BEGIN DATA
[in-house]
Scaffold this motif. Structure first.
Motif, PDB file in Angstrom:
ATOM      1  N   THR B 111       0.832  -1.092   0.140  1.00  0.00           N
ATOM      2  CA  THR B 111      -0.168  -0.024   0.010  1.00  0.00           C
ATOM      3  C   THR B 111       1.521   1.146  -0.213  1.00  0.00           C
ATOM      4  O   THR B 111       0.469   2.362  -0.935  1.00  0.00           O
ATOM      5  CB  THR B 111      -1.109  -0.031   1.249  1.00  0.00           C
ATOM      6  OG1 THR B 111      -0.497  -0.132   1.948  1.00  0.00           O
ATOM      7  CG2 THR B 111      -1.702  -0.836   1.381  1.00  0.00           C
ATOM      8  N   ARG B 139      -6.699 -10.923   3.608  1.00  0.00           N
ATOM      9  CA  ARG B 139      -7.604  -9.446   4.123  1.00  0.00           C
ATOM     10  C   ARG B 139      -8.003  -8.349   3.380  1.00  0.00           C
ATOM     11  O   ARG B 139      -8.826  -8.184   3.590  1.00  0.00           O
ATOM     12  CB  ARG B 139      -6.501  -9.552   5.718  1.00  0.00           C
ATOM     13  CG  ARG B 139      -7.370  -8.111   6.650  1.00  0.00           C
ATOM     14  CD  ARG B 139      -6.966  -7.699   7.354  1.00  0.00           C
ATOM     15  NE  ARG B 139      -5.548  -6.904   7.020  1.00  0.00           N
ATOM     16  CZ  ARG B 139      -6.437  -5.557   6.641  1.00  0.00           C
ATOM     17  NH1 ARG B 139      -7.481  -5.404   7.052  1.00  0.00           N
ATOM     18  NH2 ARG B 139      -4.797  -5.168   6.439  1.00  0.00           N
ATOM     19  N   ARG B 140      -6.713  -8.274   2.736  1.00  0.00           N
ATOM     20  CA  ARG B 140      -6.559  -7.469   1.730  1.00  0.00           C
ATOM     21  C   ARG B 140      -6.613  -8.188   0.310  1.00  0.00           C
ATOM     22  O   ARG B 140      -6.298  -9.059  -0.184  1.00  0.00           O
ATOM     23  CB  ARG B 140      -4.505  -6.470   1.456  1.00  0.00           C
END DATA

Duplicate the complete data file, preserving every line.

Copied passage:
[in-house]
Scaffold this motif. Structure first.
Motif, PDB file in Angstrom:
ATOM      1  N   THR B 111       0.832  -1.092   0.140  1.00  0.00           N
ATOM      2  CA  THR B 111      -0.168  -0.024   0.010  1.00  0.00           C
ATOM      3  C   THR B 111       1.521   1.146  -0.213  1.00  0.00           C
ATOM      4  O   THR B 111       0.469   2.362  -0.935  1.00  0.00           O
ATOM      5  CB  THR B 111      -1.109  -0.031   1.249  1.00  0.00           C
ATOM      6  OG1 THR B 111      -0.497  -0.132   1.948  1.00  0.00           O
ATOM      7  CG2 THR B 111      -1.702  -0.836   1.381  1.00  0.00           C
ATOM      8  N   ARG B 139      -6.699 -10.923   3.608  1.00  0.00           N
ATOM      9  CA  ARG B 139      -7.604  -9.446   4.123  1.00  0.00           C
ATOM     10  C   ARG B 139      -8.003  -8.349   3.380  1.00  0.00           C
ATOM     11  O   ARG B 139      -8.826  -8.184   3.590  1.00  0.00           O
ATOM     12  CB  ARG B 139      -6.501  -9.552   5.718  1.00  0.00           C
ATOM     13  CG  ARG B 139      -7.370  -8.111   6.650  1.00  0.00           C
ATOM     14  CD  ARG B 139      -6.966  -7.699   7.354  1.00  0.00           C
ATOM     15  NE  ARG B 139      -5.548  -6.904   7.020  1.00  0.00           N
ATOM     16  CZ  ARG B 139      -6.437  -5.557   6.641  1.00  0.00           C
ATOM     17  NH1 ARG B 139      -7.481  -5.404   7.052  1.00  0.00           N
ATOM     18  NH2 ARG B 139      -4.797  -5.168   6.439  1.00  0.00           N
ATOM     19  N   ARG B 140      -6.713  -8.274   2.736  1.00  0.00           N
ATOM     20  CA  ARG B 140      -6.559  -7.469   1.730  1.00  0.00           C
ATOM     21  C   ARG B 140      -6.613  -8.188   0.310  1.00  0.00           C
ATOM     22  O   ARG B 140      -6.298  -9.059  -0.184  1.00  0.00           O
ATOM     23  CB  ARG B 140      -4.505  -6.470   1.456  1.00  0.00           C